supports the continued applicability of the U.S. tax credits for U.S. produced biodiesel that is exported”.

In this frame the EU biodiesel industry urges the European Commission to take any action necessary to
counter and then eliminate unfair “B99” subsidised exports from the US. This should include urgent
measures such as a countervailing duty to balance the injury caused to European biodiesel firms. The US
trade practice in fact is clearly breaching WTO rules and represents a serious threat to the fair trade of

Argentinean DETs applying to oilseeds products and biodiesel

Argentinean DETs are based on a different mechanism, but still represent a distortion for the global trade
of biodiesel. Argentina imposes a 27.5% export tax on soybeans, a 24% percent tax on meal and oil, but
only a 5% tax for biodiesel exports. Such an export tax is even reduced to 0% in case a biodiesel blend is
exported (creating a supplementary 5% ad-value incentive to export a sort of “Argentinean B99” blend).

  In October 2004, President Bush signed into law a biodiesel tax incentive as part of the US JOBS Creation Act. The incentive, which
was due to expire on December 31st 2006, is a federal excise tax credit amounting to one penny per percent of biodiesel blended with
petroleum diesel. In August 2005, as part of the Energy Bill, the federal excise tax was extended until 2008. It is interesting to note
that the JOBS Creation Act was approved in order to replace another measure withdrawn because of a WTO condemnation for illegal
export subsidies.
As a result DETs create a 19% to 24% incentive given to the local Argentinean biodiesel industry for
processing vegetable oils into biodiesel, for the sole purpose of exporting them. It is worth mentioning that
last January Argentina increased the export taxes levied on seeds and oils2, leaving unchanged the tax on
biodiesel, thus increasing by 4% the distorting effects of the measure.
This system provides a financial benefit in the form of substantially lower export tax rate on processed
products (biodiesel) and creates market distortions that should be questioned urgently. Although there is
still little biodiesel production today in Argentina, many large size plants are already under construction and
will be operational soon. Such investment is made on the basis of trade-distorting measures that cannot be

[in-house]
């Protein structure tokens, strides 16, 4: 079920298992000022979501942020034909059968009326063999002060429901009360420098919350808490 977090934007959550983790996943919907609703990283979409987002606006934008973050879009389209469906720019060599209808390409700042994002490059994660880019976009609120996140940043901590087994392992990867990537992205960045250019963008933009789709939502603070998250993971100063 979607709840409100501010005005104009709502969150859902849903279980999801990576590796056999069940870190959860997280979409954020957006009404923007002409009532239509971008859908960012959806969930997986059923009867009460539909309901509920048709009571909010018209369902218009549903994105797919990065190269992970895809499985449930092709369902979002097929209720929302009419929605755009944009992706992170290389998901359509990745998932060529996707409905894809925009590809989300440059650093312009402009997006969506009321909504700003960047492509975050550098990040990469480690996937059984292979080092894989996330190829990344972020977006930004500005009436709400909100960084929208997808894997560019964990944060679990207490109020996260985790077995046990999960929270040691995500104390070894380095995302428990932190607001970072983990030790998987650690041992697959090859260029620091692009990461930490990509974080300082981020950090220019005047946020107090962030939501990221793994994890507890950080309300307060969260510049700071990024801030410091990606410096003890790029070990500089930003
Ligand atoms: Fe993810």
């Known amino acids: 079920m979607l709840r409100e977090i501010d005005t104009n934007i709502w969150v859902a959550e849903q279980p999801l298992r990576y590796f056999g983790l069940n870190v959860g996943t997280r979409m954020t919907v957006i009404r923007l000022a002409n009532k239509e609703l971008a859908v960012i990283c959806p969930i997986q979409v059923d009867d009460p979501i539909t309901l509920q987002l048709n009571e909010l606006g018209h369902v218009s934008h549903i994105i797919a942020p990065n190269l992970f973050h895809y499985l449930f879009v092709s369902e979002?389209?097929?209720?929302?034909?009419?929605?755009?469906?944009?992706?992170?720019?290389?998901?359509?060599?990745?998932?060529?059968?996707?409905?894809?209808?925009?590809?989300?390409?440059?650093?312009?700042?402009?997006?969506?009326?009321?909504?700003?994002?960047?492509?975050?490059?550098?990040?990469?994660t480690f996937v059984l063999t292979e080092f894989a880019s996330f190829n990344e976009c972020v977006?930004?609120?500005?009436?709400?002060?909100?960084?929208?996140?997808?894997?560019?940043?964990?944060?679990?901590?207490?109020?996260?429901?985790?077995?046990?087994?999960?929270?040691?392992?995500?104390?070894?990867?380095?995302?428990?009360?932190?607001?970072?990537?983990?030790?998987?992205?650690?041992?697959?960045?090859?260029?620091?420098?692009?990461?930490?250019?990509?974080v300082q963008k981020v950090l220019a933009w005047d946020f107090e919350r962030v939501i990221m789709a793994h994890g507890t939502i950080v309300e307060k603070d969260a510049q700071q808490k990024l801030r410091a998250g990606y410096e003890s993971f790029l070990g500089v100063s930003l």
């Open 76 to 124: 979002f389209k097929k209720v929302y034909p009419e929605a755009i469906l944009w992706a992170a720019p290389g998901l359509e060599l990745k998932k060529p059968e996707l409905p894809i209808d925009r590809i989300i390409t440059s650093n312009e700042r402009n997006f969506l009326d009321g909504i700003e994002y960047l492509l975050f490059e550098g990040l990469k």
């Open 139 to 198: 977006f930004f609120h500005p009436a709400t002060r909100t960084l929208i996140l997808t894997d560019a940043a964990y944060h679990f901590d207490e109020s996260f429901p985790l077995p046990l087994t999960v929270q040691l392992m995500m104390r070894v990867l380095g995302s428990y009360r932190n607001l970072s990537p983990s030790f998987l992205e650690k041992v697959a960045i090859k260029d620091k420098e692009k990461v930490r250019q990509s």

accepted by the international community.

The WTO Hong Kong commitment for eliminating all forms of export subsidies provides a legal basis for
eliminating Differential Export Taxes (DETs). The difference in the tax rates creates in fact an export
subsidy for processed products and notably for biodiesel. As a result EBB suggests the inclusion of DETs in
the WTO Export Competition pillar as an export subsidy that should be subject to elimination in the Doha

We thank you in advance for taking into account the concerns expressed by our industry. Should you need
any further information or clarification on the issues described above, please do not hesitate to contact us.

Your sincerely,

Moritz GAEDE                                                       Raffaello GAROFALO
EBB President                                                      EBB Secretary General

The EU produced last year around 4,5 million tonnes of biodiesel, accounting for approximately 70% of the
world biodiesel production. The second world producer, the US, produced 1 million tonnes of biodiesel in
2006. The other emerging producers are Brazil, Argentina, Malaysia and Indonesia. The four latter
countries enjoy a free access to the EU biodiesel market since they are part of the GSP system (which
should be questioned on the basis of unfair trade concern for Argentina and, among others, sustainability
issues for the other countries).

The European Biodiesel Board, also known as EBB, is a non-profit organisation established in January 1997.
EBB represents 51 companies producing biodiesel in the EU. EBB member companies account for more
than 80% of the European production.

 DETs levied on seeds and vegetable oils used to be of 23,5 and 20% respectively until January 2007. Last January 11th, 2007 they
were raised by 4% by Resolution 10/2007 of the Argentinean Ministerio de Economía y Producción. This resolution did not change the
export tax levied on biodiesel, which remained unchanged to 5% - and 0% for blends - thus increasing the gap and the corresponding
export subsidy.